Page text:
Tag Archives: rites

Situational leadership in The Analects and the Daodejing

One very good reason to study The Analects and the Daodejing is that, for all the archaic and in the latter case mystic language they feature, these two ancient works focus on providing practical solutions to real-world problems.

Unlike many of the works in the Western philosophical cannon, neither text features an agonized search for a universal “truth” or any promises of eternal salvation for ascribing to the “right” set of values or behaving in the “correct” manner. Instead, they are concerned with dealing with the challenges of the here and now, exploring how you can improve your character to make a greater contribution to the stability and prosperity of your family, community, and society overall. Continue reading Situational leadership in The Analects and the Daodejing

Leadership Lessons from Confucius: rash promises

rash promises

有子曰:「信近於義,言可復也。恭近於禮,遠恥辱也。因不失其親,亦可宗也。」
Youzi said: “If your commitments conform to what is right, you will be able to keep your word. If your manners conform to the rites, you will be able to avoid shame and disgrace. Only if you associate with reliable people will you be successful.”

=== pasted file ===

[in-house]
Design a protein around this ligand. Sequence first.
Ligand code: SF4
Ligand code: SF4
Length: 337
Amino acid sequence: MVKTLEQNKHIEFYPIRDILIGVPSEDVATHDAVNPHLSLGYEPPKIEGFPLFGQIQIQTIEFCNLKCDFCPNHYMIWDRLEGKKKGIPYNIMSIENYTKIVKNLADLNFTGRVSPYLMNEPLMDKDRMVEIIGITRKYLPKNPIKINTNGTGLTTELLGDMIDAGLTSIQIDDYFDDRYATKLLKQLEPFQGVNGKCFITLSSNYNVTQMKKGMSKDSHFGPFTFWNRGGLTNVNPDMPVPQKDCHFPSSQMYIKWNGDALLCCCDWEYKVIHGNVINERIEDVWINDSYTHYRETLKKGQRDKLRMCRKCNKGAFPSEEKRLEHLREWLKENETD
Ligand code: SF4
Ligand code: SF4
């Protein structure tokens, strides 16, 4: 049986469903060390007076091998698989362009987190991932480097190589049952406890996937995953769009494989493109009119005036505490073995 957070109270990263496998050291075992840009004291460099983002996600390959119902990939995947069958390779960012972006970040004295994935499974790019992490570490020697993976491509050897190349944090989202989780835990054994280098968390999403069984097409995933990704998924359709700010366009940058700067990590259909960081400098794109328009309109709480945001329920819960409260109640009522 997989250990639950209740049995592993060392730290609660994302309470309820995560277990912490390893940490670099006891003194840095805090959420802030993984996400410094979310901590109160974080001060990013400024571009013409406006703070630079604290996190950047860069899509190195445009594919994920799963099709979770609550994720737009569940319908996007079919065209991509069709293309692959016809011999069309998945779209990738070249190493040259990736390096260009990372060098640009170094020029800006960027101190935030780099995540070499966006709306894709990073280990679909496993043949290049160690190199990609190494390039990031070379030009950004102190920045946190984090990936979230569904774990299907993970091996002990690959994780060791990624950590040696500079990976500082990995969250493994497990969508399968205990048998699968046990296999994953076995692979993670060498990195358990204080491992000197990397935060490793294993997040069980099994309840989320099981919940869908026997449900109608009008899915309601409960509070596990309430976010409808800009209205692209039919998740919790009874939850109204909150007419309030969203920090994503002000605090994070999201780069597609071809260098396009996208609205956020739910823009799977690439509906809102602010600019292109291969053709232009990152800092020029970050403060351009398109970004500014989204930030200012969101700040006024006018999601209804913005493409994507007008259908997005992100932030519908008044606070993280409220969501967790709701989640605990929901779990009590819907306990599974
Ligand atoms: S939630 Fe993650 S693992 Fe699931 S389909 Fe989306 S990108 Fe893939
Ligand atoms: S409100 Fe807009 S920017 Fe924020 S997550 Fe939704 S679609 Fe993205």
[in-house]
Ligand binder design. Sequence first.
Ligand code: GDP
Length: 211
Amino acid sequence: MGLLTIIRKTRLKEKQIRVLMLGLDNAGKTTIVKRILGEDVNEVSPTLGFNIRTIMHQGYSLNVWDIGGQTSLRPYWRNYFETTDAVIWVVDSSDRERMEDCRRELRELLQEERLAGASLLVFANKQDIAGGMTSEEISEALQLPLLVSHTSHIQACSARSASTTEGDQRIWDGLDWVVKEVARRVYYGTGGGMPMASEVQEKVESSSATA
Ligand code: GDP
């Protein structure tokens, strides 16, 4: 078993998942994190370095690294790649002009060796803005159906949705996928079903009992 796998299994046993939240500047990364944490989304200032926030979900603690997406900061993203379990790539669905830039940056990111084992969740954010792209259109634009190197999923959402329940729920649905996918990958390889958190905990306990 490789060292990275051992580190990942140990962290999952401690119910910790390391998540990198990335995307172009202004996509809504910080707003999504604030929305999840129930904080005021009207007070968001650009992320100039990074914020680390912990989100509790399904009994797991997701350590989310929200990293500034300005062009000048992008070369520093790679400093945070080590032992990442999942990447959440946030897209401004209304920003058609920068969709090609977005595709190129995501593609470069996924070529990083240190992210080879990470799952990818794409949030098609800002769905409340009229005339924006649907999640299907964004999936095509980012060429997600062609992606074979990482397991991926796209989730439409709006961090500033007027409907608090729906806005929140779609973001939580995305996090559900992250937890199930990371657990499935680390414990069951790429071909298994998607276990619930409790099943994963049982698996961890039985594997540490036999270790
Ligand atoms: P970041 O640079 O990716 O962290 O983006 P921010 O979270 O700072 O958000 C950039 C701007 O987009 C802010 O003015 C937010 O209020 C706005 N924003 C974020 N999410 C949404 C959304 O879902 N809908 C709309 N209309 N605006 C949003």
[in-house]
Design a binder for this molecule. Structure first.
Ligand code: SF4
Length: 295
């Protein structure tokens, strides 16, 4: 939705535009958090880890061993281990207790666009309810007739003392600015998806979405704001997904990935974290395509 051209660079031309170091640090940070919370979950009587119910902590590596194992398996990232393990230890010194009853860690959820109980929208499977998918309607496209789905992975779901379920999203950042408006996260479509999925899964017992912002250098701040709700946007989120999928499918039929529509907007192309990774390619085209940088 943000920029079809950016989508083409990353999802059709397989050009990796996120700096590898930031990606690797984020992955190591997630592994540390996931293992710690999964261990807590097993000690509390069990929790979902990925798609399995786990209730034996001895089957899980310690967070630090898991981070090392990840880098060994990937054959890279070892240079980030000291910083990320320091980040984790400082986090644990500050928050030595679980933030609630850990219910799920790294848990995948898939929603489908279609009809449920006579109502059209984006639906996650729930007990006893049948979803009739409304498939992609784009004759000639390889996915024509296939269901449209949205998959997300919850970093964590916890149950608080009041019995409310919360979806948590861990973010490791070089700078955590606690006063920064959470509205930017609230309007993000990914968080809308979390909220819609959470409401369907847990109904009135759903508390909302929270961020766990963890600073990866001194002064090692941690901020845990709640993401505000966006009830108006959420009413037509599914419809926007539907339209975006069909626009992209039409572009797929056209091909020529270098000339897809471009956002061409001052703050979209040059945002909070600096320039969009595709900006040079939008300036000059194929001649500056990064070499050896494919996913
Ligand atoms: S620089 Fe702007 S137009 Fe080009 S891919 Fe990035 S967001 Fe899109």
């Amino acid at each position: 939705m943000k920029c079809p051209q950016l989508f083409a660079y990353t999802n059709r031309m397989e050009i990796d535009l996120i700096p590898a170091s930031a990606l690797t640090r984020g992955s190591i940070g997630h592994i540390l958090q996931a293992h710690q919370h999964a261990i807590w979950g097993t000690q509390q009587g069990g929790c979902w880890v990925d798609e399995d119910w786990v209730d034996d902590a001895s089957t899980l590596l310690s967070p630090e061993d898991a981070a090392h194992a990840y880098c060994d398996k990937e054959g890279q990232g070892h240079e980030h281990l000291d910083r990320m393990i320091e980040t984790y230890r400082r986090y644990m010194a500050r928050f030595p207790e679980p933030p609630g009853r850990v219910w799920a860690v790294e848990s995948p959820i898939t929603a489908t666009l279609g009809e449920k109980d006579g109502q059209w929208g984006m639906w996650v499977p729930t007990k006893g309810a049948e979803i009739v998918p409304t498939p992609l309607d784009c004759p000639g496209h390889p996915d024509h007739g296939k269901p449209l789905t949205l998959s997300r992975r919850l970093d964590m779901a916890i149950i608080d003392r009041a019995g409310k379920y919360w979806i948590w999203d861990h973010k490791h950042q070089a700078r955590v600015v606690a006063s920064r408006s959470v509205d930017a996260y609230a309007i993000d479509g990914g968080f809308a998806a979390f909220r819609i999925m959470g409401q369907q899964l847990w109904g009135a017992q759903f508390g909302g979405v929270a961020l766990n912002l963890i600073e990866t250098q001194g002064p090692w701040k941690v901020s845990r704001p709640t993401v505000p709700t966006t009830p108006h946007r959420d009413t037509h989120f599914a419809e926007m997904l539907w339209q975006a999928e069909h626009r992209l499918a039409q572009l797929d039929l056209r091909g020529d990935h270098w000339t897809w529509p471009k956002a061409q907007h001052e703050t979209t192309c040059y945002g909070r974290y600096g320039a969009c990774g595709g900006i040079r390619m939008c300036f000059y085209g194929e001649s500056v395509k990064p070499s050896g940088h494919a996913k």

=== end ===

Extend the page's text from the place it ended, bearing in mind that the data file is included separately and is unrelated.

Making rash promises that you have no hope or intention of fulfilling is a sure way of eroding the trust that people have in you. You might be able to get away with it for a while through sheer force of personality or verbal dexterity, but eventually the chickens will come home to roost and your credibility will be destroyed. Continue reading Leadership Lessons from Confucius: rash promises

Leadership Lessons from Confucius: where to draw the line

draw the line

有子曰:「禮之用,和為貴。先王之道,斯為美,小大由之,有所不行,知和而和,不以禮節之,亦不可行也。」
Youzi said: “When practicing the rites, harmony matters most. This is what made the way of the ancient kings so admirable and inspired their every action, no matter how great or small. But they also knew where to draw the line: seeking harmony for its own sake without it being regulated by the rites won’t work.” (1)

Promoting a strong esprit de corps is a key responsibility of a leader. Without high levels of cooperation between individuals and departments, silos can quickly appear in an organization and rivalries between different groups can lead to unnecessary inefficiencies and even conflicts.

Continue reading Leadership Lessons from Confucius: where to draw the line

Analects Book 3: fighting for the rites

Rites

Confucius never defines exactly what he means by the rites in Book 3 of the Analects. Instead, he spends most of his energy on criticizing others, most notably members of the Three Families, for their violations of the unwritten rules governing important ritual ceremonies that had presumably existed since at least the beginnings of the Zhou dynasty in the early 11th century and probably even before that. Continue reading Analects Book 3: fighting for the rites